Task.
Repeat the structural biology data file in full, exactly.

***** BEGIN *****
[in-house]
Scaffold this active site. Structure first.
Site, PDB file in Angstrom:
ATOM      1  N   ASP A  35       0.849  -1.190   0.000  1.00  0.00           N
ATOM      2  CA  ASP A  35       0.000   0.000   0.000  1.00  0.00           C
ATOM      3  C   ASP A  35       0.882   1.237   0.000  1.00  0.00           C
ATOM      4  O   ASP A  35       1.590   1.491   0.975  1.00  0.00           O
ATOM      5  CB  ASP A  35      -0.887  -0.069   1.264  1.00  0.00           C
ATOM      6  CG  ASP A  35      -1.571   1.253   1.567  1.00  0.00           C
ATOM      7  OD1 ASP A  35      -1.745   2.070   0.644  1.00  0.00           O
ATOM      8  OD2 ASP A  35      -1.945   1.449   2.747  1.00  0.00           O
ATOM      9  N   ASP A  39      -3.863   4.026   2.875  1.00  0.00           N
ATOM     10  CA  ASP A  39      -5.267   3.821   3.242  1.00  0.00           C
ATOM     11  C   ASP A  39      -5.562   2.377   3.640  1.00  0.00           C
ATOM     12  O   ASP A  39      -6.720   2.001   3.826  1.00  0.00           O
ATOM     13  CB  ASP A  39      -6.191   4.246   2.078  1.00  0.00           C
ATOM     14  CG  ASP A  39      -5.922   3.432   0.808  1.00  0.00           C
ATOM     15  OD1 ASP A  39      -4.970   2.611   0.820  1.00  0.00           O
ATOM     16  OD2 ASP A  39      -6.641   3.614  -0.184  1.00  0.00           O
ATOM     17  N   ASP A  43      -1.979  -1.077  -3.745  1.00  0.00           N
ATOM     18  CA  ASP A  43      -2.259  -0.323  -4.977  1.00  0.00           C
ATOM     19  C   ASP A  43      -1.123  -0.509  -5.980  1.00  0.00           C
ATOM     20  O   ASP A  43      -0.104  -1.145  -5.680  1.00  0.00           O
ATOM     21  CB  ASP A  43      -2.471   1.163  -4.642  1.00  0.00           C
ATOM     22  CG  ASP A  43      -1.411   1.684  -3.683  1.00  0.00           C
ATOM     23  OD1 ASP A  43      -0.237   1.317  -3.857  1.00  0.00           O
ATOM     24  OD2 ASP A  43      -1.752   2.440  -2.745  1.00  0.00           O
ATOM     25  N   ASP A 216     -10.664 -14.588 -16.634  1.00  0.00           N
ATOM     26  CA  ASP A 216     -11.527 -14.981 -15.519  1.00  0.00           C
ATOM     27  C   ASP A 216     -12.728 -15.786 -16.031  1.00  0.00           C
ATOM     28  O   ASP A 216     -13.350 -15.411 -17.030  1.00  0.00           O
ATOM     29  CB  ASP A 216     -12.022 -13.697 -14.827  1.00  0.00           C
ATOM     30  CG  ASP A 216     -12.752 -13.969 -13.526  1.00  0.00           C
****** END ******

[in-house]
Scaffold this active site. Structure first.
Site, PDB file in Angstrom:
ATOM      1  N   ASP A  35       0.849  -1.190   0.000  1.00  0.00           N
ATOM      2  CA  ASP A  35       0.000   0.000   0.000  1.00  0.00           C
ATOM      3  C   ASP A  35       0.882   1.237   0.000  1.00  0.00           C
ATOM      4  O   ASP A  35       1.590   1.491   0.975  1.00  0.00           O
ATOM      5  CB  ASP A  35      -0.887  -0.069   1.264  1.00  0.00           C
ATOM      6  CG  ASP A  35      -1.571   1.253   1.567  1.00  0.00           C
ATOM      7  OD1 ASP A  35      -1.745   2.070   0.644  1.00  0.00           O
ATOM      8  OD2 ASP A  35      -1.945   1.449   2.747  1.00  0.00           O
ATOM      9  N   ASP A  39      -3.863   4.026   2.875  1.00  0.00           N
ATOM     10  CA  ASP A  39      -5.267   3.821   3.242  1.00  0.00           C
ATOM     11  C   ASP A  39      -5.562   2.377   3.640  1.00  0.00           C
ATOM     12  O   ASP A  39      -6.720   2.001   3.826  1.00  0.00           O
ATOM     13  CB  ASP A  39      -6.191   4.246   2.078  1.00  0.00           C
ATOM     14  CG  ASP A  39      -5.922   3.432   0.808  1.00  0.00           C
ATOM     15  OD1 ASP A  39      -4.970   2.611   0.820  1.00  0.00           O
ATOM     16  OD2 ASP A  39      -6.641   3.614  -0.184  1.00  0.00           O
ATOM     17  N   ASP A  43      -1.979  -1.077  -3.745  1.00  0.00           N
ATOM     18  CA  ASP A  43      -2.259  -0.323  -4.977  1.00  0.00           C
ATOM     19  C   ASP A  43      -1.123  -0.509  -5.980  1.00  0.00           C
ATOM     20  O   ASP A  43      -0.104  -1.145  -5.680  1.00  0.00           O
ATOM     21  CB  ASP A  43      -2.471   1.163  -4.642  1.00  0.00           C
ATOM     22  CG  ASP A  43      -1.411   1.684  -3.683  1.00  0.00           C
ATOM     23  OD1 ASP A  43      -0.237   1.317  -3.857  1.00  0.00           O
ATOM     24  OD2 ASP A  43      -1.752   2.440  -2.745  1.00  0.00           O
ATOM     25  N   ASP A 216     -10.664 -14.588 -16.634  1.00  0.00           N
ATOM     26  CA  ASP A 216     -11.527 -14.981 -15.519  1.00  0.00           C
ATOM     27  C   ASP A 216     -12.728 -15.786 -16.031  1.00  0.00           C
ATOM     28  O   ASP A 216     -13.350 -15.411 -17.030  1.00  0.00           O
ATOM     29  CB  ASP A 216     -12.022 -13.697 -14.827  1.00  0.00           C
ATOM     30  CG  ASP A 216     -12.752 -13.969 -13.526  1.00  0.00           C